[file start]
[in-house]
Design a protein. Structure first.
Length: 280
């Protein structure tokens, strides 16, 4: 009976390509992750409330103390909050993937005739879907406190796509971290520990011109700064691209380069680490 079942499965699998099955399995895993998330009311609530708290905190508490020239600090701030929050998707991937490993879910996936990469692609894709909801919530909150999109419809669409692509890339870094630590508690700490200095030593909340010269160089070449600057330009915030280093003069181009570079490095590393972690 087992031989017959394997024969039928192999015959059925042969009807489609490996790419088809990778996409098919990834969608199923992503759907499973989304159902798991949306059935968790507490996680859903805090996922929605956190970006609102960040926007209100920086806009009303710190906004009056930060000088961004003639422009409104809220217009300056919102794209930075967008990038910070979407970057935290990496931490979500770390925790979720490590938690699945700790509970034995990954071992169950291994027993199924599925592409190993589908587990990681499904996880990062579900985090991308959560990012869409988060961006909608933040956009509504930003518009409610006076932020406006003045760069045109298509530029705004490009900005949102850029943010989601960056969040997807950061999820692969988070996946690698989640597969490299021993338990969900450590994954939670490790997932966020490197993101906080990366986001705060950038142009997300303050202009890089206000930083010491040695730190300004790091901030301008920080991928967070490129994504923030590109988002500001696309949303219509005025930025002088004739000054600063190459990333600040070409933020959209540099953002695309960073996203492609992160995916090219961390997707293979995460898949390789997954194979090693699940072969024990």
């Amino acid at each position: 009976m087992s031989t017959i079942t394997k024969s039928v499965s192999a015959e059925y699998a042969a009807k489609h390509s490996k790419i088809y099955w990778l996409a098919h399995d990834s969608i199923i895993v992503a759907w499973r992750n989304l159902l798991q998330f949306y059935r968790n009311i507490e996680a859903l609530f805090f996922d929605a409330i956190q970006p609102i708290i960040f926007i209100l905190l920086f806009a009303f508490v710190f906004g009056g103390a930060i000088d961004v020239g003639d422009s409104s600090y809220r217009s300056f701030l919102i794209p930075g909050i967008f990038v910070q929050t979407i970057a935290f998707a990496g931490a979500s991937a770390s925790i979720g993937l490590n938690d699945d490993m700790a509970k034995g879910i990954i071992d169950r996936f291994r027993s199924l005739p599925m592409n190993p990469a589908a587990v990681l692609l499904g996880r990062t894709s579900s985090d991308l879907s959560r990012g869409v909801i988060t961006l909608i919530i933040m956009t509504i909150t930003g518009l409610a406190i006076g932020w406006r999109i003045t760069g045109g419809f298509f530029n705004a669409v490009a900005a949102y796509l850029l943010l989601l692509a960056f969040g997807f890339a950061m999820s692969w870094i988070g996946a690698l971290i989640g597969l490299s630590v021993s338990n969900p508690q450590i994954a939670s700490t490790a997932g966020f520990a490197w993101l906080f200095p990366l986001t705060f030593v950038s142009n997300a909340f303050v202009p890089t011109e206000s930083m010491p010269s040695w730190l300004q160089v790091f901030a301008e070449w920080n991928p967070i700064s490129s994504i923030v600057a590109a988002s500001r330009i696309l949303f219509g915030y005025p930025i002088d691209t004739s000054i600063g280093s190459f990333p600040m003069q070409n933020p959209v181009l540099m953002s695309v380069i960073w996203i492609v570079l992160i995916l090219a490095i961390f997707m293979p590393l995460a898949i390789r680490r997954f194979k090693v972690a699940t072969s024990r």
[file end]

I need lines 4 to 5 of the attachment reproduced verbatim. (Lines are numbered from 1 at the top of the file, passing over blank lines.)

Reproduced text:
């Protein structure tokens, strides 16, 4: 009976390509992750409330103390909050993937005739879907406190796509971290520990011109700064691209380069680490 079942499965699998099955399995895993998330009311609530708290905190508490020239600090701030929050998707991937490993879910996936990469692609894709909801919530909150999109419809669409692509890339870094630590508690700490200095030593909340010269160089070449600057330009915030280093003069181009570079490095590393972690 087992031989017959394997024969039928192999015959059925042969009807489609490996790419088809990778996409098919990834969608199923992503759907499973989304159902798991949306059935968790507490996680859903805090996922929605956190970006609102960040926007209100920086806009009303710190906004009056930060000088961004003639422009409104809220217009300056919102794209930075967008990038910070979407970057935290990496931490979500770390925790979720490590938690699945700790509970034995990954071992169950291994027993199924599925592409190993589908587990990681499904996880990062579900985090991308959560990012869409988060961006909608933040956009509504930003518009409610006076932020406006003045760069045109298509530029705004490009900005949102850029943010989601960056969040997807950061999820692969988070996946690698989640597969490299021993338990969900450590994954939670490790997932966020490197993101906080990366986001705060950038142009997300303050202009890089206000930083010491040695730190300004790091901030301008920080991928967070490129994504923030590109988002500001696309949303219509005025930025002088004739000054600063190459990333600040070409933020959209540099953002695309960073996203492609992160995916090219961390997707293979995460898949390789997954194979090693699940072969024990």
């Amino acid at each position: 009976m087992s031989t017959i079942t394997k024969s039928v499965s192999a015959e059925y699998a042969a009807k489609h390509s490996k790419i088809y099955w990778l996409a098919h399995d990834s969608i199923i895993v992503a759907w499973r992750n989304l159902l798991q998330f949306y059935r968790n009311i507490e996680a859903l609530f805090f996922d929605a409330i956190q970006p609102i708290i960040f926007i209100l905190l920086f806009a009303f508490v710190f906004g009056g103390a930060i000088d961004v020239g003639d422009s409104s600090y809220r217009s300056f701030l919102i794209p930075g909050i967008f990038v910070q929050t979407i970057a935290f998707a990496g931490a979500s991937a770390s925790i979720g993937l490590n938690d699945d490993m700790a509970k034995g879910i990954i071992d169950r996936f291994r027993s199924l005739p599925m592409n190993p990469a589908a587990v990681l692609l499904g996880r990062t894709s579900s985090d991308l879907s959560r990012g869409v909801i988060t961006l909608i919530i933040m956009t509504i909150t930003g518009l409610a406190i006076g932020w406006r999109i003045t760069g045109g419809f298509f530029n705004a669409v490009a900005a949102y796509l850029l943010l989601l692509a960056f969040g997807f890339a950061m999820s692969w870094i988070g996946a690698l971290i989640g597969l490299s630590v021993s338990n969900p508690q450590i994954a939670s700490t490790a997932g966020f520990a490197w993101l906080f200095p990366l986001t705060f030593v950038s142009n997300a909340f303050v202009p890089t011109e206000s930083m010491p010269s040695w730190l300004q160089v790091f901030a301008e070449w920080n991928p967070i700064s490129s994504i923030v600057a590109a988002s500001r330009i696309l949303f219509g915030y005025p930025i002088d691209t004739s000054i600063g280093s190459f990333p600040m003069q070409n933020p959209v181009l540099m953002s695309v380069i960073w996203i492609v570079l992160i995916l090219a490095i961390f997707m293979p590393l995460a898949i390789r680490r997954f194979k090693v972690a699940t072969s024990r």